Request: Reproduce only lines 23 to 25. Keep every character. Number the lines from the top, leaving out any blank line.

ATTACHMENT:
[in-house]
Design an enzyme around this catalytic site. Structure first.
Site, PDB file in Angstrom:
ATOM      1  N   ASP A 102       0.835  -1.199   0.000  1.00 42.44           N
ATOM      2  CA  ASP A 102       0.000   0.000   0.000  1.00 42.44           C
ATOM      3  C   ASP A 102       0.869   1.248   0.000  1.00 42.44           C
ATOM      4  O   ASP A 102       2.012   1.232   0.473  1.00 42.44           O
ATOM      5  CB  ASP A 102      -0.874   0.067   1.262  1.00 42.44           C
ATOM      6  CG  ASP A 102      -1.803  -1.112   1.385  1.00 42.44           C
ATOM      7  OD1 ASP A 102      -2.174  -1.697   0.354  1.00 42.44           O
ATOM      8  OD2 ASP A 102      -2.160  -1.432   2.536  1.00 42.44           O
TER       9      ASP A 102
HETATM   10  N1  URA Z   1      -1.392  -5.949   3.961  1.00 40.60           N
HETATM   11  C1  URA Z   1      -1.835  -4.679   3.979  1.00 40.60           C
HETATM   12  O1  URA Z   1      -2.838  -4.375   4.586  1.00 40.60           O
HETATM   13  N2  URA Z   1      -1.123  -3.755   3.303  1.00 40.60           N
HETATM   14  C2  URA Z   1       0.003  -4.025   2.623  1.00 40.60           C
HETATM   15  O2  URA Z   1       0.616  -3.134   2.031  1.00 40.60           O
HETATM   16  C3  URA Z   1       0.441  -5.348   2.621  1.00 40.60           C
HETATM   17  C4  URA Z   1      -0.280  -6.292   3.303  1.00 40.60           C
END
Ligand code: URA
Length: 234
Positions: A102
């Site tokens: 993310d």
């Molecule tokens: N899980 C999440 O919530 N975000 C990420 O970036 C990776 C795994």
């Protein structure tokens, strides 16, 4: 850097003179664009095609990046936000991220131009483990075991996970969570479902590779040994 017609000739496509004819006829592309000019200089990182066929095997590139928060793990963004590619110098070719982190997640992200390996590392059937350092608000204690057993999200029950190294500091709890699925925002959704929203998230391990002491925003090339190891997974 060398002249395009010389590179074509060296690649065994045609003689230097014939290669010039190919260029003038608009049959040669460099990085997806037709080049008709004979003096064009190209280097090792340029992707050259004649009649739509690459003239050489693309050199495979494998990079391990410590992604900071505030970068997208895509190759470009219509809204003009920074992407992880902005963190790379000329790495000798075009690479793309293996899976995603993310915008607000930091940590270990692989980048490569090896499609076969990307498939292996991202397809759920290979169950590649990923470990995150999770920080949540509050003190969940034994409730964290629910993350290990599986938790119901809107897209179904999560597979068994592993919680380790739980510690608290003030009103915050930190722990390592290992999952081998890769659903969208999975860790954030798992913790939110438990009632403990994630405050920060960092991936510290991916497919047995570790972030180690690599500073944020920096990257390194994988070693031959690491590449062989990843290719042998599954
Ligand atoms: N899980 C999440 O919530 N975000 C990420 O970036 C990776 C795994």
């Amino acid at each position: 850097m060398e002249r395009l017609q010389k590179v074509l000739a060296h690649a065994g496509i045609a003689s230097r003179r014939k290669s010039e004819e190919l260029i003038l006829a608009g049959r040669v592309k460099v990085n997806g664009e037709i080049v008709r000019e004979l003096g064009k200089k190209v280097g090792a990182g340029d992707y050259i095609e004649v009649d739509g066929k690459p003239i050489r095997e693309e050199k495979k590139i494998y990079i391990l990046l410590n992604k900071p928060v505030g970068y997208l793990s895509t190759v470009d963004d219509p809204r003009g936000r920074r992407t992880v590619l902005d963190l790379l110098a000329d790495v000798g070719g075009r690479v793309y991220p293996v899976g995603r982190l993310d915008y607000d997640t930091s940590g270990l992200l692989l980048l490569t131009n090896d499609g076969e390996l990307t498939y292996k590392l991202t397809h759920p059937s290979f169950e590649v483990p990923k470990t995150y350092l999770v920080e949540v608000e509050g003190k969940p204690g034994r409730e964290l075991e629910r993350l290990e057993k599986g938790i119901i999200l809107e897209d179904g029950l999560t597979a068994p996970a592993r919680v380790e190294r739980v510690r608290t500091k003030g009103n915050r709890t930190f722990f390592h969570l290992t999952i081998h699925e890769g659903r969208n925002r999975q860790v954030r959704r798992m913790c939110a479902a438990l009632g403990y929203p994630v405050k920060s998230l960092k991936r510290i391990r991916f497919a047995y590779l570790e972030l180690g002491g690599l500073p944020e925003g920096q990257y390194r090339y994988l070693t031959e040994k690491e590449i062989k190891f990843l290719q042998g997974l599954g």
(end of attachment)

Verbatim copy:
Length: 234
Positions: A102
């Site tokens: 993310d």